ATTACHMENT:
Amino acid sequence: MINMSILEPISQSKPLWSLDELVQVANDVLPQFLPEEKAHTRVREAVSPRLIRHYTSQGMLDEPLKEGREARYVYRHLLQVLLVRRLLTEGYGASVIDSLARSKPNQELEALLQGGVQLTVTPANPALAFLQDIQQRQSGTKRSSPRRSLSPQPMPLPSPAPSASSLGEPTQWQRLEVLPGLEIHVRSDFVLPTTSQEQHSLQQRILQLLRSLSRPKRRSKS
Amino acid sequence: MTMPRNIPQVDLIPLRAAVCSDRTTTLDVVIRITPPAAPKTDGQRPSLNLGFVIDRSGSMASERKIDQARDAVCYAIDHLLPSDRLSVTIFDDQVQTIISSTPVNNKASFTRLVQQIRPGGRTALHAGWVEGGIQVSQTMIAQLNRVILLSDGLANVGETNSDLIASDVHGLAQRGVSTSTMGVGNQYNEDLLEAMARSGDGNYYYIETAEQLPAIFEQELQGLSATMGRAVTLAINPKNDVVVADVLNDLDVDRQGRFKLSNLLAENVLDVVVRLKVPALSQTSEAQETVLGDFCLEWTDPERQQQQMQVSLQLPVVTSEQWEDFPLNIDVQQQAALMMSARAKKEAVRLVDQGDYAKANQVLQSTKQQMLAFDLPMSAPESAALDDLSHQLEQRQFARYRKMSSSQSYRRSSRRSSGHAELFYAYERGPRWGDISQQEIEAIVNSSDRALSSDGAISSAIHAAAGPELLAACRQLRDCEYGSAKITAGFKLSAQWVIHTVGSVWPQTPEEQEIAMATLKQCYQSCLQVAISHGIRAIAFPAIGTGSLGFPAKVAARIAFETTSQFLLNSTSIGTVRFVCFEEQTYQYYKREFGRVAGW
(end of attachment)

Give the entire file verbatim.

Amino acid sequence: MINMSILEPISQSKPLWSLDELVQVANDVLPQFLPEEKAHTRVREAVSPRLIRHYTSQGMLDEPLKEGREARYVYRHLLQVLLVRRLLTEGYGASVIDSLARSKPNQELEALLQGGVQLTVTPANPALAFLQDIQQRQSGTKRSSPRRSLSPQPMPLPSPAPSASSLGEPTQWQRLEVLPGLEIHVRSDFVLPTTSQEQHSLQQRILQLLRSLSRPKRRSKS
Amino acid sequence: MTMPRNIPQVDLIPLRAAVCSDRTTTLDVVIRITPPAAPKTDGQRPSLNLGFVIDRSGSMASERKIDQARDAVCYAIDHLLPSDRLSVTIFDDQVQTIISSTPVNNKASFTRLVQQIRPGGRTALHAGWVEGGIQVSQTMIAQLNRVILLSDGLANVGETNSDLIASDVHGLAQRGVSTSTMGVGNQYNEDLLEAMARSGDGNYYYIETAEQLPAIFEQELQGLSATMGRAVTLAINPKNDVVVADVLNDLDVDRQGRFKLSNLLAENVLDVVVRLKVPALSQTSEAQETVLGDFCLEWTDPERQQQQMQVSLQLPVVTSEQWEDFPLNIDVQQQAALMMSARAKKEAVRLVDQGDYAKANQVLQSTKQQMLAFDLPMSAPESAALDDLSHQLEQRQFARYRKMSSSQSYRRSSRRSSGHAELFYAYERGPRWGDISQQEIEAIVNSSDRALSSDGAISSAIHAAAGPELLAACRQLRDCEYGSAKITAGFKLSAQWVIHTVGSVWPQTPEEQEIAMATLKQCYQSCLQVAISHGIRAIAFPAIGTGSLGFPAKVAARIAFETTSQFLLNSTSIGTVRFVCFEEQTYQYYKREFGRVAGW